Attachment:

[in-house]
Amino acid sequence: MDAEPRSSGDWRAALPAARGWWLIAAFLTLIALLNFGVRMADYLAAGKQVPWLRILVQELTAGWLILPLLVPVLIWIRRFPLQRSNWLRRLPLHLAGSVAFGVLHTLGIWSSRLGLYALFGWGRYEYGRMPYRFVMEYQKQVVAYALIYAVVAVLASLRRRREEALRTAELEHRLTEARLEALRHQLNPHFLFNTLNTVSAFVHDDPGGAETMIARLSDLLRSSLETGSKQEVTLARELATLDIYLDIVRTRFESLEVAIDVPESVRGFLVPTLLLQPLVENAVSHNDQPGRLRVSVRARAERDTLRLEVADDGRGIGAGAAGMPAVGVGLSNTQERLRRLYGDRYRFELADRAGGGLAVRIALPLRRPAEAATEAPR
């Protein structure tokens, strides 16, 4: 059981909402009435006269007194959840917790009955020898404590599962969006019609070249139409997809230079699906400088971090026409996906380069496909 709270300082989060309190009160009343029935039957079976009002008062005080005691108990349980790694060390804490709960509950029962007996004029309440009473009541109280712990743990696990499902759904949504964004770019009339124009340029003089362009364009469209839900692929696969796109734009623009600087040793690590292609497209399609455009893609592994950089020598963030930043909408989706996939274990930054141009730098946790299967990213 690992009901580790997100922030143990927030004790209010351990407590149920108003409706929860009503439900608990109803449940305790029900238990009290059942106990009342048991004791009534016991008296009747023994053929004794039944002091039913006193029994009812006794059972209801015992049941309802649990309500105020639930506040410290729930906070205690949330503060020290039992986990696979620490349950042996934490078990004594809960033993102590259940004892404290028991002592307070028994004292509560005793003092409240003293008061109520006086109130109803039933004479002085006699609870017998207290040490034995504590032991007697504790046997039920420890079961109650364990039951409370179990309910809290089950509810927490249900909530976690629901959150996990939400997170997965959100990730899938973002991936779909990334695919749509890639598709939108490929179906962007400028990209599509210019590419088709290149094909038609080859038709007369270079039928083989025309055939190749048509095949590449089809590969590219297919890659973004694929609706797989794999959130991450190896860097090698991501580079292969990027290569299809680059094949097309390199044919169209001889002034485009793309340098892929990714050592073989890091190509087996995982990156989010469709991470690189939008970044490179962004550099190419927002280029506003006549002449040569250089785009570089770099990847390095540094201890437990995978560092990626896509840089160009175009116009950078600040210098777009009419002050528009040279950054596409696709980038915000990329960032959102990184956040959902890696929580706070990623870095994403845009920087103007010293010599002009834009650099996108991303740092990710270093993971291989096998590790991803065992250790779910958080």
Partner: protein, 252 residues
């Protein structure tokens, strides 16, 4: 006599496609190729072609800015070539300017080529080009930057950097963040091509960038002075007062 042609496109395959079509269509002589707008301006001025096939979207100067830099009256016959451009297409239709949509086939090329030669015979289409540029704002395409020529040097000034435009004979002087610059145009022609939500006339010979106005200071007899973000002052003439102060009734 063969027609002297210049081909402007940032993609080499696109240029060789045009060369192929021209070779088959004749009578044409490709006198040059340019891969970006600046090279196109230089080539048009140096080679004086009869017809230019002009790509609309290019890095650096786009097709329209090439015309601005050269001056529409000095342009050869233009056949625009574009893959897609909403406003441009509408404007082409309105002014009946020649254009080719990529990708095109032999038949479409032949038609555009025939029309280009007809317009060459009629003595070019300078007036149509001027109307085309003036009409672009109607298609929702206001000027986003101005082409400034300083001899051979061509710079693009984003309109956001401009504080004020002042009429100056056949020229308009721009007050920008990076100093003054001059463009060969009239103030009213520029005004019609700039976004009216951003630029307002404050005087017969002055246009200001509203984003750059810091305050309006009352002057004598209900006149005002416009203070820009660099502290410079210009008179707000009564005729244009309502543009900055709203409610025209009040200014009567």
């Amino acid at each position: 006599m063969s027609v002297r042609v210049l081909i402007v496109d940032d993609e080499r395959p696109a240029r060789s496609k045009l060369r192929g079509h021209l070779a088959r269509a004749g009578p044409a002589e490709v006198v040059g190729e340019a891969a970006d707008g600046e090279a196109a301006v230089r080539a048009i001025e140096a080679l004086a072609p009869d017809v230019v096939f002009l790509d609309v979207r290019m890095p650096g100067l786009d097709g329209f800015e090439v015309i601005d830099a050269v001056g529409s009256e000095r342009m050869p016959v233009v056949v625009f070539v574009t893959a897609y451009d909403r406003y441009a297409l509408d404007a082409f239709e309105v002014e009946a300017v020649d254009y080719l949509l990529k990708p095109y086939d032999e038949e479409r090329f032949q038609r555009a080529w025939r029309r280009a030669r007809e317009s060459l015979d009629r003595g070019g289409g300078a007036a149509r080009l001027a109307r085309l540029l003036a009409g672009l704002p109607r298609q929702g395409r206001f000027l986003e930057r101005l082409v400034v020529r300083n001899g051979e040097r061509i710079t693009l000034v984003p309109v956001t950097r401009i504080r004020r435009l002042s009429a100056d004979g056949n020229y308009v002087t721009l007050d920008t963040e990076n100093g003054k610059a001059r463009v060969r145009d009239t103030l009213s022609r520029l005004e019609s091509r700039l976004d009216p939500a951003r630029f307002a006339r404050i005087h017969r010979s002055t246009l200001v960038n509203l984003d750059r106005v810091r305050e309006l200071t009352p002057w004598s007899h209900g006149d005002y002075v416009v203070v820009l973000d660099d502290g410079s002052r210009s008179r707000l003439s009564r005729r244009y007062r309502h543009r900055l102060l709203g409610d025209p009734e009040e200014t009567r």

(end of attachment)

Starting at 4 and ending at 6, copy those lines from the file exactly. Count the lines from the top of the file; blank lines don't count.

Partner: protein, 252 residues
């Protein structure tokens, strides 16, 4: 006599496609190729072609800015070539300017080529080009930057950097963040091509960038002075007062 042609496109395959079509269509002589707008301006001025096939979207100067830099009256016959451009297409239709949509086939090329030669015979289409540029704002395409020529040097000034435009004979002087610059145009022609939500006339010979106005200071007899973000002052003439102060009734 063969027609002297210049081909402007940032993609080499696109240029060789045009060369192929021209070779088959004749009578044409490709006198040059340019891969970006600046090279196109230089080539048009140096080679004086009869017809230019002009790509609309290019890095650096786009097709329209090439015309601005050269001056529409000095342009050869233009056949625009574009893959897609909403406003441009509408404007082409309105002014009946020649254009080719990529990708095109032999038949479409032949038609555009025939029309280009007809317009060459009629003595070019300078007036149509001027109307085309003036009409672009109607298609929702206001000027986003101005082409400034300083001899051979061509710079693009984003309109956001401009504080004020002042009429100056056949020229308009721009007050920008990076100093003054001059463009060969009239103030009213520029005004019609700039976004009216951003630029307002404050005087017969002055246009200001509203984003750059810091305050309006009352002057004598209900006149005002416009203070820009660099502290410079210009008179707000009564005729244009309502543009900055709203409610025209009040200014009567």
């Amino acid at each position: 006599m063969s027609v002297r042609v210049l081909i402007v496109d940032d993609e080499r395959p696109a240029r060789s496609k045009l060369r192929g079509h021209l070779a088959r269509a004749g009578p044409a002589e490709v006198v040059g190729e340019a891969a970006d707008g600046e090279a196109a301006v230089r080539a048009i001025e140096a080679l004086a072609p009869d017809v230019v096939f002009l790509d609309v979207r290019m890095p650096g100067l786009d097709g329209f800015e090439v015309i601005d830099a050269v001056g529409s009256e000095r342009m050869p016959v233009v056949v625009f070539v574009t893959a897609y451009d909403r406003y441009a297409l509408d404007a082409f239709e309105v002014e009946a300017v020649d254009y080719l949509l990529k990708p095109y086939d032999e038949e479409r090329f032949q038609r555009a080529w025939r029309r280009a030669r007809e317009s060459l015979d009629r003595g070019g289409g300078a007036a149509r080009l001027a109307r085309l540029l003036a009409g672009l704002p109607r298609q929702g395409r206001f000027l986003e930057r101005l082409v400034v020529r300083n001899g051979e040097r061509i710079t693009l000034v984003p309109v956001t950097r401009i504080r004020r435009l002042s009429a100056d004979g056949n020229y308009v002087t721009l007050d920008t963040e990076n100093g003054k610059a001059r463009v060969r145009d009239t103030l009213s022609r520029l005004e019609s091509r700039l976004d009216p939500a951003r630029f307002a006339r404050i005087h017969r010979s002055t246009l200001v960038n509203l984003d750059r106005v810091r305050e309006l200071t009352p002057w004598s007899h209900g006149d005002y002075v416009v203070v820009l973000d660099d502290g410079s002052r210009s008179r707000l003439s009564r005729r244009y007062r309502h543009r900055l102060l709203g409610d025209p009734e009040e200014t009567r």